As a parting shot to Vivify the Court closed with this observation (emphasis supplied):

We observe that while Vivify contends it is unlikely that Victoria will be able to pay Vivify’s legal expenses and any judgment against it, Vivify could have protected itself by reading the policy to ensure that it satisfied the subcontract. We cannot rewrite an insurance policy to suit Vivify’s needs.

Which leads us back to what we said some while ago:  “demand a copy of the Policy (not merely a COI); and read the Policy when you get it.”

Additional Insured Is Covered Under Ongoing Operations Endorsement Despite Subcontractor’s Completion of Work

Tred R. Eyerly | Insurance Law Hawaii | December 13, 2017

Although the homeowners did not own their homes when the subcontractors completed their work, the general contractor was still covered as an additional insured for the homeowners’ suits based on the ongoing operations endorsement in the subcontractors’ policies. McMillin Mgmt. Servs. v. Fin. Pac. Ins. Co., 2017 Cal. App. LEXIS 1000 (Cal. Ct. App. Nov. 14, 2017).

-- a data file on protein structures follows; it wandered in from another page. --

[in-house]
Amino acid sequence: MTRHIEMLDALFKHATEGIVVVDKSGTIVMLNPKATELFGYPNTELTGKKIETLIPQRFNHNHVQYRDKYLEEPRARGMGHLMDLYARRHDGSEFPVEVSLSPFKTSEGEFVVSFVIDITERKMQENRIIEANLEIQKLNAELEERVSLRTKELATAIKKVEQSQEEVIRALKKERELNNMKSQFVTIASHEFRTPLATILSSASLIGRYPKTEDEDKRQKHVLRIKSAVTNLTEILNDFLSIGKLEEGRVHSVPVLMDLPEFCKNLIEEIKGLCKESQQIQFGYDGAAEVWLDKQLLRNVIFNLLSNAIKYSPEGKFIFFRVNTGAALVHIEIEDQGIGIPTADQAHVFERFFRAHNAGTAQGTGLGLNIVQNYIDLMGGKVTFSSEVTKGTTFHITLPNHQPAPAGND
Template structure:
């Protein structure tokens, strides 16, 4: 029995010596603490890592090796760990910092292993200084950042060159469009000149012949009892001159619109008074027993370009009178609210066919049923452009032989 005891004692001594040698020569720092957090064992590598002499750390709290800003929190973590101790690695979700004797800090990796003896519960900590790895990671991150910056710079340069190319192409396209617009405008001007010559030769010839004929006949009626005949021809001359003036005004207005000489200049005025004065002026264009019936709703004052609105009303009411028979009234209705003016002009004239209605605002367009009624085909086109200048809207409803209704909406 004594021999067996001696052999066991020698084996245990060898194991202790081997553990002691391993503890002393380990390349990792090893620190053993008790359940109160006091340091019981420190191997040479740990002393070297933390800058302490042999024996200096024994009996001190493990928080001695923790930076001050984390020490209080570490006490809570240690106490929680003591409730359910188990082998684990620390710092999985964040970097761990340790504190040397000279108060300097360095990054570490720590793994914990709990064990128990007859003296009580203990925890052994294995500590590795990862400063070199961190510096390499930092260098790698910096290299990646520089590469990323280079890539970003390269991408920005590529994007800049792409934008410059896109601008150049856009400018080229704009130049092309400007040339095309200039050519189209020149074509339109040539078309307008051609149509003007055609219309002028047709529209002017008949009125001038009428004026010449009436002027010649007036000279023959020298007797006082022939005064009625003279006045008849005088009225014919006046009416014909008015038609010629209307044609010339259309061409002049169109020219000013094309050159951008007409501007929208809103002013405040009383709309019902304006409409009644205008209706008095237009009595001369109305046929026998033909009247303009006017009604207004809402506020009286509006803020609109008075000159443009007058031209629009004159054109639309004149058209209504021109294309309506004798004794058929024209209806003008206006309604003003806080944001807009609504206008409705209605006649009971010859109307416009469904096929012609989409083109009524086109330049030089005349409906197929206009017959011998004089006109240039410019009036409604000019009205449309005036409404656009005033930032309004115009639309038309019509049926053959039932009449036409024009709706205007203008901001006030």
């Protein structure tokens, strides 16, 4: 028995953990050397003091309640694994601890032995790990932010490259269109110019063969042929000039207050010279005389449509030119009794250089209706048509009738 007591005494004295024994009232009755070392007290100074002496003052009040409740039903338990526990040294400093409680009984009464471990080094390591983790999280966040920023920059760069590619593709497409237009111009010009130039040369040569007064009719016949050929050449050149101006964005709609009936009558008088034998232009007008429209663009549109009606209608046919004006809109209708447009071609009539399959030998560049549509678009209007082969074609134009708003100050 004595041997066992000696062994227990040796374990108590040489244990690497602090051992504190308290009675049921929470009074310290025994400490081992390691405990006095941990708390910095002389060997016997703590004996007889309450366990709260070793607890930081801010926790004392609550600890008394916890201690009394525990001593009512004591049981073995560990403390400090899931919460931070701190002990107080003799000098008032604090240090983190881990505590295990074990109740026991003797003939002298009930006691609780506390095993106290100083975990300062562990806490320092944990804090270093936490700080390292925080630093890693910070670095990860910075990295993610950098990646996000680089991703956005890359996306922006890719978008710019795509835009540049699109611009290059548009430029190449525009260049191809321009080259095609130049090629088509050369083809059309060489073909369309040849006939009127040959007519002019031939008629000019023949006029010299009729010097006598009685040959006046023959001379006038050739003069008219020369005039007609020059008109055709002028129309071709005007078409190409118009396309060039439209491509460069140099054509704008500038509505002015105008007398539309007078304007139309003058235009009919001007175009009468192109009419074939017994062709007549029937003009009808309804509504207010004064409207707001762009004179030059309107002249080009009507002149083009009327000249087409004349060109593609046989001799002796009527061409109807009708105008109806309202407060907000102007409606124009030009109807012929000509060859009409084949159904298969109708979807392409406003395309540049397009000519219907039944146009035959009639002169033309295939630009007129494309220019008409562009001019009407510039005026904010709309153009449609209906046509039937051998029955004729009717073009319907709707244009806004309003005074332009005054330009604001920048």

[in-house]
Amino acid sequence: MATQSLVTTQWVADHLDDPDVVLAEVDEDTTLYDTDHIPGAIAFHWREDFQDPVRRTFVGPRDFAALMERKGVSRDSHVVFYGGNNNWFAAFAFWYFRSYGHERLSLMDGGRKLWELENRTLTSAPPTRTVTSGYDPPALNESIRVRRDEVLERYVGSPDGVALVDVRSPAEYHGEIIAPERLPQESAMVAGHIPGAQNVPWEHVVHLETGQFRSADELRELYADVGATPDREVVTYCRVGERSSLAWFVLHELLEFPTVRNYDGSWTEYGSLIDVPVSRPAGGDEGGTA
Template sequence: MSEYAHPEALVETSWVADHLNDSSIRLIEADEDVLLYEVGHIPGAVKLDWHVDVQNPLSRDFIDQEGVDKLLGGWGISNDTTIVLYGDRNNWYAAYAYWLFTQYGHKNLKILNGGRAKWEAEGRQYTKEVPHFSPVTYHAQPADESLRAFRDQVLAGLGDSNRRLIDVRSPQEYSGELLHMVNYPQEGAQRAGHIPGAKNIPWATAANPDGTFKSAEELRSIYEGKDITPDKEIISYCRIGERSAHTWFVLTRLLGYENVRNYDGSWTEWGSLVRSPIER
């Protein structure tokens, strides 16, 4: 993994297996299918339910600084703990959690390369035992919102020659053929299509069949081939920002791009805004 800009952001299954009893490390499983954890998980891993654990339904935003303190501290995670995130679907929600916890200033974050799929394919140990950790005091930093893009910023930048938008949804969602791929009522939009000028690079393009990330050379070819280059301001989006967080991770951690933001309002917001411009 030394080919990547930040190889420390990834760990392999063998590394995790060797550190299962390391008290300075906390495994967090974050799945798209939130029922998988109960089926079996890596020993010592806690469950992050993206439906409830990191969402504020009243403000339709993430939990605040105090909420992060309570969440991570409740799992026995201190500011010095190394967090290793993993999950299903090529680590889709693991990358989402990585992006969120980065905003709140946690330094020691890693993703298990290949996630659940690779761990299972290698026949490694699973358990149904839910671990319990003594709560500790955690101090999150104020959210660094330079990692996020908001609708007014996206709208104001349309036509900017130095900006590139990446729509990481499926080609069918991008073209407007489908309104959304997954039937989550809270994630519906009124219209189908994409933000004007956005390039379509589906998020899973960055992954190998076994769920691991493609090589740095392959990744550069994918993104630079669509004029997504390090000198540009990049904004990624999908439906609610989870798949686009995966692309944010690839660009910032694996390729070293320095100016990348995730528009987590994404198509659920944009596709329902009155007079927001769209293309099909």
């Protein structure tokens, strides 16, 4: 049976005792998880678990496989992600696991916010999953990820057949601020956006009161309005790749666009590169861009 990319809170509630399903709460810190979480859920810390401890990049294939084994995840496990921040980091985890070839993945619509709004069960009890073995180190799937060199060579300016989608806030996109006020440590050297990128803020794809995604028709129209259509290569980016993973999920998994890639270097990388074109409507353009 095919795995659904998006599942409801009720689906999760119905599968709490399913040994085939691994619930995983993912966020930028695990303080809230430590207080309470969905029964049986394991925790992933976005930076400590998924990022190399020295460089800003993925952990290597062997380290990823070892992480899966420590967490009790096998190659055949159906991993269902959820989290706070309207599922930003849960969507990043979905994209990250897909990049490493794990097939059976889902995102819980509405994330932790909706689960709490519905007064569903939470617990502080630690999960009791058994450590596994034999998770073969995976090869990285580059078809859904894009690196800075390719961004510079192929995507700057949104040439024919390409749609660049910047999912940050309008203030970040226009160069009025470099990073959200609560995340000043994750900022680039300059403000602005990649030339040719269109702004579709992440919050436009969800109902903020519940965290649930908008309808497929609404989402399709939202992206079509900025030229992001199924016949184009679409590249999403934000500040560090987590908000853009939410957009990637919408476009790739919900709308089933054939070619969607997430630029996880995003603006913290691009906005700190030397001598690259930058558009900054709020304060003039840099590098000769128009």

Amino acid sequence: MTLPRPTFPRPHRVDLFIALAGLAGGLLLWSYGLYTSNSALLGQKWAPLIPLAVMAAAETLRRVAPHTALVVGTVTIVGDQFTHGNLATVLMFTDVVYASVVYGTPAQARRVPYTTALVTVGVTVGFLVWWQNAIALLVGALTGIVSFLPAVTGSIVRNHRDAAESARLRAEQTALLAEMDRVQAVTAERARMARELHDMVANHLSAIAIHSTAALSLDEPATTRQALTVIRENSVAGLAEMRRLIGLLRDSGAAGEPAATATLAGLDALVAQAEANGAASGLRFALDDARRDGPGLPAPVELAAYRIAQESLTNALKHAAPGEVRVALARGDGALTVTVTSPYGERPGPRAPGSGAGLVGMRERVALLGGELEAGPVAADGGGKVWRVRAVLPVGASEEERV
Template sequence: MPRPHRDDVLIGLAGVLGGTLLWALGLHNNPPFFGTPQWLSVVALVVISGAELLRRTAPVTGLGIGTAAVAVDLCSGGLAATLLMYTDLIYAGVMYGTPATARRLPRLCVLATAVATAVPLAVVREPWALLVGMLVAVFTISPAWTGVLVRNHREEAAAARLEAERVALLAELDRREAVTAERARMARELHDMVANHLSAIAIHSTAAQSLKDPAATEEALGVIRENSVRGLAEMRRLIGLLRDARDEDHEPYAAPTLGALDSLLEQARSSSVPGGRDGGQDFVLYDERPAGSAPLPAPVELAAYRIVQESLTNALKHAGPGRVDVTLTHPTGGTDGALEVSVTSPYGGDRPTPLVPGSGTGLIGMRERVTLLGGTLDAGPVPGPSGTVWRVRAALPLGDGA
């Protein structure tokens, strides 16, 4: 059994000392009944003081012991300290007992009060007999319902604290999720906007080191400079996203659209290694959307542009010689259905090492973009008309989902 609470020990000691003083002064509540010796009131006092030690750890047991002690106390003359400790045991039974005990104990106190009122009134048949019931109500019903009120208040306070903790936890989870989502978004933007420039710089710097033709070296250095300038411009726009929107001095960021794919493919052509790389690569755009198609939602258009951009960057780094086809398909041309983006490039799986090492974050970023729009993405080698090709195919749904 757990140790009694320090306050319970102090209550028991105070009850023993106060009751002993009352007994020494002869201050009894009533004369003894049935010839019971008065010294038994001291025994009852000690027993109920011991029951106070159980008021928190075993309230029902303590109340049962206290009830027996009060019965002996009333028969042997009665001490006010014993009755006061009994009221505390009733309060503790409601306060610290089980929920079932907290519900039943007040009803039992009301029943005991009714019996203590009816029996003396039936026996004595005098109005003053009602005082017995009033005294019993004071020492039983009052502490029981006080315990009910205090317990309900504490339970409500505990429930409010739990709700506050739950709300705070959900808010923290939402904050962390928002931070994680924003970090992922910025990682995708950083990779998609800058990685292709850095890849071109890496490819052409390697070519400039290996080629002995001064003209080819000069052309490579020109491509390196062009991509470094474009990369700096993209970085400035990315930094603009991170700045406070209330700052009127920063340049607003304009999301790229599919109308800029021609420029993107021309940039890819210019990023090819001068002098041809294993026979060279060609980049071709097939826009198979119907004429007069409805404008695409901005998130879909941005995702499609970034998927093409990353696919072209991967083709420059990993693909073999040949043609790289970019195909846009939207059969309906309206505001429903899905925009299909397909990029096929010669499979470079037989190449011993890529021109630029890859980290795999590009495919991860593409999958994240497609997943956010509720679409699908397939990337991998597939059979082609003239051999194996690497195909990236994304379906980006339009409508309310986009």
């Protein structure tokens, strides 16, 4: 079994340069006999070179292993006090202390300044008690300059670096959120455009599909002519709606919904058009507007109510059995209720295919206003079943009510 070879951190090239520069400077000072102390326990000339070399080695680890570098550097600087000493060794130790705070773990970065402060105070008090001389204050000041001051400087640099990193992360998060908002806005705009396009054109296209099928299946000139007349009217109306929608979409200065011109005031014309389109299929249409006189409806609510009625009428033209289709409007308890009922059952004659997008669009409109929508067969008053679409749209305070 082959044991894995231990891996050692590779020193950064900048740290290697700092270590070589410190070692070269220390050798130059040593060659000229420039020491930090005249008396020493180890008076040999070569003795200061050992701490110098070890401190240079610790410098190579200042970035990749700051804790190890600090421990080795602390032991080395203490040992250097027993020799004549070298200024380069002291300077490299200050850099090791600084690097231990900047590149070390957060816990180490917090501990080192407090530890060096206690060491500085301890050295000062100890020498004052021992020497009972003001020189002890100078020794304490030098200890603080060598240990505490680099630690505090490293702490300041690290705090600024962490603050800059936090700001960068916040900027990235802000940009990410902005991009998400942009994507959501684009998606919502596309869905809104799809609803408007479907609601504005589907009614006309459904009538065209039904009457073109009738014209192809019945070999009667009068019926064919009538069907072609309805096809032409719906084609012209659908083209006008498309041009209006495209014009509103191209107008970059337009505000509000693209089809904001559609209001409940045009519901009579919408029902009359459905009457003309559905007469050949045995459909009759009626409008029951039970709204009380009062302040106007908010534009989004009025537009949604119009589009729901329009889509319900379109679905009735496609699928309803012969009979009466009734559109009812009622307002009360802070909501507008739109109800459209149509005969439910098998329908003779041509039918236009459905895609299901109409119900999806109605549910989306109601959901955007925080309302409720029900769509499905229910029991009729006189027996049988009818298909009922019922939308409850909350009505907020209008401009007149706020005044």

McMillin was the developer and general contractor for the project. Among the subcontractors were Martinez Construction Concrete Contractor, Inc. and Rozema Corporation. Martinez performed concrete flatwork between 2003 and November 2005. Rozema performed lath and stucco work between March 2003 and October 2005.

Lexington issued CGL policies to Martinez and Rozema. McMillin was an additional insured under both policies, “but only with respect to liability arising out of your [i.e., Martinez’s or Rozema’s] ongoing operations performed for [McMillin].” An exclusion provided that the insurance did not apply to property damage occurring after the insured subcontractor had completed operations on behalf of the additional insured.